Overseen by Jessica Van Splinter, Restless Roots rents space to local artists. The gallery is small but its diverse offerings – drawn, painted, sculpted, printed, knitted, carved, stuffed – are neatly displayed, making the best use of its space. All media are represented from photography to fabric creations.

I’ve walked by the shop many times on the way to the post office but never took the time to check it out. Friday evening there was an exhibit opening for a student artist from Plattsburgh State, Tavish Costello, so I decided to check it out.

Some of Tavish’s drawings feature human figures entangled by colorful scrawls. I had assumed that he started with the figure, but Tavish explained that the scrawls came first, just letting his mind go free, and then the figure is drawn to fit the wild pattern.

Stuff you won’t find at the mall.

INFO: Restless Roots, 36 Miller Street, Plattsburgh, NY. Tel: (518) 578-0888. Open 3-6 PM Tues thru Fri.; 10 AM – 6 PM Sat.

Saturday, January 03, 2009

A Kick In The Fanny

Sameer Reddy doesn’t want to me wear a fanny pack.

Who is Sameer Reddy? Got me. From what I gathered from some quick Googling, he is some short of fashion expert for Newsweek. I don’t know if he’s related in any way to an Indian cinematographer with the same name or an Indian actress named Sameera Reddy.

Anyway, I don’t have the time to research a bio for Sameer Reddy. I’m assuming that he isn’t a put on, even though his stuff reads like it should be published with the other satirical articles in The Onion.

Recently Reddy wrote an elitist – and essentially useless - column for, Putting the Chic Back in Dressing. Reddy wants Americans to dress better. He points to the stereotype of the American tourist: “a loud, chubby sight-seer wearing a fanny pack, baseball cap, printed T shirt, jean shorts and sneakers.”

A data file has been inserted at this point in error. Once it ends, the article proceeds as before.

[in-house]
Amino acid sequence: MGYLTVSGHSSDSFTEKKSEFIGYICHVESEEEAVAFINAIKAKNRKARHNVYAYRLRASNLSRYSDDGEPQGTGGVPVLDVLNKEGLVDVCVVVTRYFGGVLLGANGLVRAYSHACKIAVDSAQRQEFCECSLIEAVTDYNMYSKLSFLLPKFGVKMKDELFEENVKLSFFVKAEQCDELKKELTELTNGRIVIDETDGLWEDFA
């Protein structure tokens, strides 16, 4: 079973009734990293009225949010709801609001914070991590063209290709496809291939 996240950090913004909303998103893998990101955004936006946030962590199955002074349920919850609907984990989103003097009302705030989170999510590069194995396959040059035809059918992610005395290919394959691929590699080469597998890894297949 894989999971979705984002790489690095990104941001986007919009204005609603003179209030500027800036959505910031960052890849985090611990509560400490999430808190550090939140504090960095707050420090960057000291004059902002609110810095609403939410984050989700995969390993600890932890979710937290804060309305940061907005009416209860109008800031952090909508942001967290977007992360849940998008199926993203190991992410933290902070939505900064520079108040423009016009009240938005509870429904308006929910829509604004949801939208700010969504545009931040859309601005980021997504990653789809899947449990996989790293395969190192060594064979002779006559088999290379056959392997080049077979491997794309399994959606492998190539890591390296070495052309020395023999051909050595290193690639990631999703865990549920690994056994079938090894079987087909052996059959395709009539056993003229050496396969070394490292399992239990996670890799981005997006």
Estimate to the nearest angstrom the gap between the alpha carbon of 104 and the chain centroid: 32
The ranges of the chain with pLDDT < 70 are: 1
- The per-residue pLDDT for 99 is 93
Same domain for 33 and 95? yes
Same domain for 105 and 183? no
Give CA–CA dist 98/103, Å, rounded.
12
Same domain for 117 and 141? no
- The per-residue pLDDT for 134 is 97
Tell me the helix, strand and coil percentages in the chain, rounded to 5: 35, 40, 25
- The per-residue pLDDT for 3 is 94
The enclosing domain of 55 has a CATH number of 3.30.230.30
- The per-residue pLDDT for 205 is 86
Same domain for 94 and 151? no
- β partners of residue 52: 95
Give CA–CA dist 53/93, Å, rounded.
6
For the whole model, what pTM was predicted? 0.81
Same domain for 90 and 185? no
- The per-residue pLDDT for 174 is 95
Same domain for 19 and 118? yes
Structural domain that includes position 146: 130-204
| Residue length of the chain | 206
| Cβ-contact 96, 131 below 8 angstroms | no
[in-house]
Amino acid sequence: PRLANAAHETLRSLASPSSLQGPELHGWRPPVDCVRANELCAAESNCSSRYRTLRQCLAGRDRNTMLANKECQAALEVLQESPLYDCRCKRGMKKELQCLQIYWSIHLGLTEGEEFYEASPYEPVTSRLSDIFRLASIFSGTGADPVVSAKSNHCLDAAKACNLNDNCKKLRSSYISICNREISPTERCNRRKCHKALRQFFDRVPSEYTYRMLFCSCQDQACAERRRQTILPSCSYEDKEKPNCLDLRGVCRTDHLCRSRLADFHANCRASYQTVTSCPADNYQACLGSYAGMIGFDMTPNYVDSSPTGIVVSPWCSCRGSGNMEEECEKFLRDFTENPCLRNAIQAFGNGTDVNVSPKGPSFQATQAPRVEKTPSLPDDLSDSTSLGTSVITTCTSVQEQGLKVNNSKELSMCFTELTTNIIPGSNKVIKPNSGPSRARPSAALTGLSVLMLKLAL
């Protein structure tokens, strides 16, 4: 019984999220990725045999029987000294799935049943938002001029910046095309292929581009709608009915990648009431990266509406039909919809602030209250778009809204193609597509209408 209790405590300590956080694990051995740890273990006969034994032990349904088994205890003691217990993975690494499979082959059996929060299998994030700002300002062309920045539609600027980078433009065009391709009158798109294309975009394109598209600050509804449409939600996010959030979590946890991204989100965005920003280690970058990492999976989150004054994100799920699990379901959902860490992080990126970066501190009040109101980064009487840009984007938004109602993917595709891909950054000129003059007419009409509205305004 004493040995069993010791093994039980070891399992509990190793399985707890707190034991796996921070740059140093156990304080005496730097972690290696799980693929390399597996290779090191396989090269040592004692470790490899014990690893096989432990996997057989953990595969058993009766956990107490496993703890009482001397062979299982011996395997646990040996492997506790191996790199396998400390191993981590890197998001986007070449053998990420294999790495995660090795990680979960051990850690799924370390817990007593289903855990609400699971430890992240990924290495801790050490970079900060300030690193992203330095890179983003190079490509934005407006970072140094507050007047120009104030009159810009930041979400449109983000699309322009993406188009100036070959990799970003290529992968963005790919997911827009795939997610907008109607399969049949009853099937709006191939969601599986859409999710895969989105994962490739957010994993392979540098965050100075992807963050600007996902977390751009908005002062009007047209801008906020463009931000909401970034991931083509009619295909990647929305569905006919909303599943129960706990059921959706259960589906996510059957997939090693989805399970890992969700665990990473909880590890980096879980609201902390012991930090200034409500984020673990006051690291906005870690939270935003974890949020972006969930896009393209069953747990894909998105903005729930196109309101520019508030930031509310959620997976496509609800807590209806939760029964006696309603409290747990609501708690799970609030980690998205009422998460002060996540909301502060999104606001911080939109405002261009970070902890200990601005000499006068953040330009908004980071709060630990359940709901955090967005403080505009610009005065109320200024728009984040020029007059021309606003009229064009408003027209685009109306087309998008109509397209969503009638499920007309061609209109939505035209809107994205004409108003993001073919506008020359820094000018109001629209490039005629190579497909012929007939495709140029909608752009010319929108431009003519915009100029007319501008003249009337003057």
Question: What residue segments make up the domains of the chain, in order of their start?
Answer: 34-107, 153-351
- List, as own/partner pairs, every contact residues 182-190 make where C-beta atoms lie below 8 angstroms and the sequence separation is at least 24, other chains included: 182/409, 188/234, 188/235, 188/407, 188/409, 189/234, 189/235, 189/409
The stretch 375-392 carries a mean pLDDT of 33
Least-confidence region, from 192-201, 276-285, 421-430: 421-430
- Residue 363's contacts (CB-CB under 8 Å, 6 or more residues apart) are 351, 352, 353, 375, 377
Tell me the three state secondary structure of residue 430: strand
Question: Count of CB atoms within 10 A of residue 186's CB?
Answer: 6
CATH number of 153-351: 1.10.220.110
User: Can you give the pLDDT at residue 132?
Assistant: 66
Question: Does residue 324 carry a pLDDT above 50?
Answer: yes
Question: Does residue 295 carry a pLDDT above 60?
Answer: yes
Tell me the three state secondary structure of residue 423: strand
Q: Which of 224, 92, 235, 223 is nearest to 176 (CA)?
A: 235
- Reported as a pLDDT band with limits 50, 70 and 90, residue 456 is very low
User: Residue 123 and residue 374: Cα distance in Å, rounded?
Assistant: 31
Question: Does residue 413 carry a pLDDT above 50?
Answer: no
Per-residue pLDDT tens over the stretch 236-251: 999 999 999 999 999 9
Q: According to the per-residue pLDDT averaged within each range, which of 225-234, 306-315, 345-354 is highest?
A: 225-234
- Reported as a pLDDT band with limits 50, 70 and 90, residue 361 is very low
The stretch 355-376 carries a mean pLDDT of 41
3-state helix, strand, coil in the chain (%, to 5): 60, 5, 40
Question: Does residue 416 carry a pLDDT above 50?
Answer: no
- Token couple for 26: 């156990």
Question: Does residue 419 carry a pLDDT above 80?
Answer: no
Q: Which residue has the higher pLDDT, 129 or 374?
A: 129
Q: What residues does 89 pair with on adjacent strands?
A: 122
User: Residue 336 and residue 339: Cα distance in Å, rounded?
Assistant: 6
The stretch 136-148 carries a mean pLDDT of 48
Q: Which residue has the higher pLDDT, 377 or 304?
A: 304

His advice: ditch the sloppy clothes, especially the fanny pack. He promotes the oxymoronic style called “casual chic.”

I don’t tell other people what to wear. That doesn’t stop me on commenting on how stupid some people look. I think ties are stupid. So-called well-dressed people with a non-fuctional cloth cord wrapped around their necks. For what? A least a hat keeps you protected from the sun, cold, and rain. But if you’re comfortable with a tie constricting your collar, fine by me. Don’t expect me to wear one of those damn things.

I believe in comfort and practicality. I wear a fanny pack because I have back trouble. One trick I learned was not wearing my wallet in my back pocket. Sitting down with a thick wallet in the back pocket shifts weight to one side, causing stress, aggravating back pain.

So what reason does Reddy offer for Americans to dress better, at least better in his eyes? Barack Obama – known for “his elegantly simple and straightforward wardrobe and manner” - becomes president on January 20th. Therefore, we all should imitate his style.

Reddy observes: “Comfort has its place, of course, but if that becomes the guiding value in getting dressed—or anything else—then we've got a problem. This misplaced priority has arguably contributed to our current troubles with credit, education and productivity.”

I see. Individualism = the collapse of civilization.

Follow the chic leader. Dress proper. Use strict discipline when clothing yourself. After all, schools that make all their students wear uniforms are better – it’s a scientific fact. So follow the leader, surrender to gray uniformity, and improve your inner being. It worked for the Hitler Youth.

It’s too bad that Sameer Reddy wasn’t around in the 1930s to dictate what Americans should wear. His advice to President Franklin D. Roosevelt: ditch the wheelchair. An ungainly accessory, Reddy would’ve sniffed.